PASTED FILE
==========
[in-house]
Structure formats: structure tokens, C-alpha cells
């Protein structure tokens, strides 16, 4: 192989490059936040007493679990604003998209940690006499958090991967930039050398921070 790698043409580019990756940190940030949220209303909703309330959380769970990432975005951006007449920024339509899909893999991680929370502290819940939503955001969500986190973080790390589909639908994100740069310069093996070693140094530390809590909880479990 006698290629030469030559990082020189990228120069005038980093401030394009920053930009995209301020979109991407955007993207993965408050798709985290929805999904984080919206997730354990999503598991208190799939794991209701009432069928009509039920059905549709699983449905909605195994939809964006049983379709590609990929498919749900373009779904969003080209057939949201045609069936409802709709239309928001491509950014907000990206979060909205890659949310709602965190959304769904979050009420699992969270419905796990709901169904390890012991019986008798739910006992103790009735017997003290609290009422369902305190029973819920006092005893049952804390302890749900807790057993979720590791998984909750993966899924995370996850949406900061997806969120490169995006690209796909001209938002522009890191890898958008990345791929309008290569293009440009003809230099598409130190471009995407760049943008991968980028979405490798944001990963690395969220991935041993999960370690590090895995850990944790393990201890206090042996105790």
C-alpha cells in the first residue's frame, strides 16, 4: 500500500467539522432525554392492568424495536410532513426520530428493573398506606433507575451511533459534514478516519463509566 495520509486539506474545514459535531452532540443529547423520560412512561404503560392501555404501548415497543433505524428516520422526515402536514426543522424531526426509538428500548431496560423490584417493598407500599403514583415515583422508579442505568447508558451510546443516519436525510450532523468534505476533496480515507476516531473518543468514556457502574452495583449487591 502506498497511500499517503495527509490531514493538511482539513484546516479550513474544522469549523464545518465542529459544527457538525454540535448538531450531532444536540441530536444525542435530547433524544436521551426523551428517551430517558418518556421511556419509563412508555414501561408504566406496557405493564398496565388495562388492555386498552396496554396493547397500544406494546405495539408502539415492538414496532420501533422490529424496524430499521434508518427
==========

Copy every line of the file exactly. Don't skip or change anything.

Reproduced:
[in-house]
Structure formats: structure tokens, C-alpha cells
């Protein structure tokens, strides 16, 4: 192989490059936040007493679990604003998209940690006499958090991967930039050398921070 790698043409580019990756940190940030949220209303909703309330959380769970990432975005951006007449920024339509899909893999991680929370502290819940939503955001969500986190973080790390589909639908994100740069310069093996070693140094530390809590909880479990 006698290629030469030559990082020189990228120069005038980093401030394009920053930009995209301020979109991407955007993207993965408050798709985290929805999904984080919206997730354990999503598991208190799939794991209701009432069928009509039920059905549709699983449905909605195994939809964006049983379709590609990929498919749900373009779904969003080209057939949201045609069936409802709709239309928001491509950014907000990206979060909205890659949310709602965190959304769904979050009420699992969270419905796990709901169904390890012991019986008798739910006992103790009735017997003290609290009422369902305190029973819920006092005893049952804390302890749900807790057993979720590791998984909750993966899924995370996850949406900061997806969120490169995006690209796909001209938002522009890191890898958008990345791929309008290569293009440009003809230099598409130190471009995407760049943008991968980028979405490798944001990963690395969220991935041993999960370690590090895995850990944790393990201890206090042996105790």
C-alpha cells in the first residue's frame, strides 16, 4: 500500500467539522432525554392492568424495536410532513426520530428493573398506606433507575451511533459534514478516519463509566 495520509486539506474545514459535531452532540443529547423520560412512561404503560392501555404501548415497543433505524428516520422526515402536514426543522424531526426509538428500548431496560423490584417493598407500599403514583415515583422508579442505568447508558451510546443516519436525510450532523468534505476533496480515507476516531473518543468514556457502574452495583449487591 502506498497511500499517503495527509490531514493538511482539513484546516479550513474544522469549523464545518465542529459544527457538525454540535448538531450531532444536540441530536444525542435530547433524544436521551426523551428517551430517558418518556421511556419509563412508555414501561408504566406496557405493564398496565388495562388492555386498552396496554396493547397500544406494546405495539408502539415492538414496532420501533422490529424496524430499521434508518427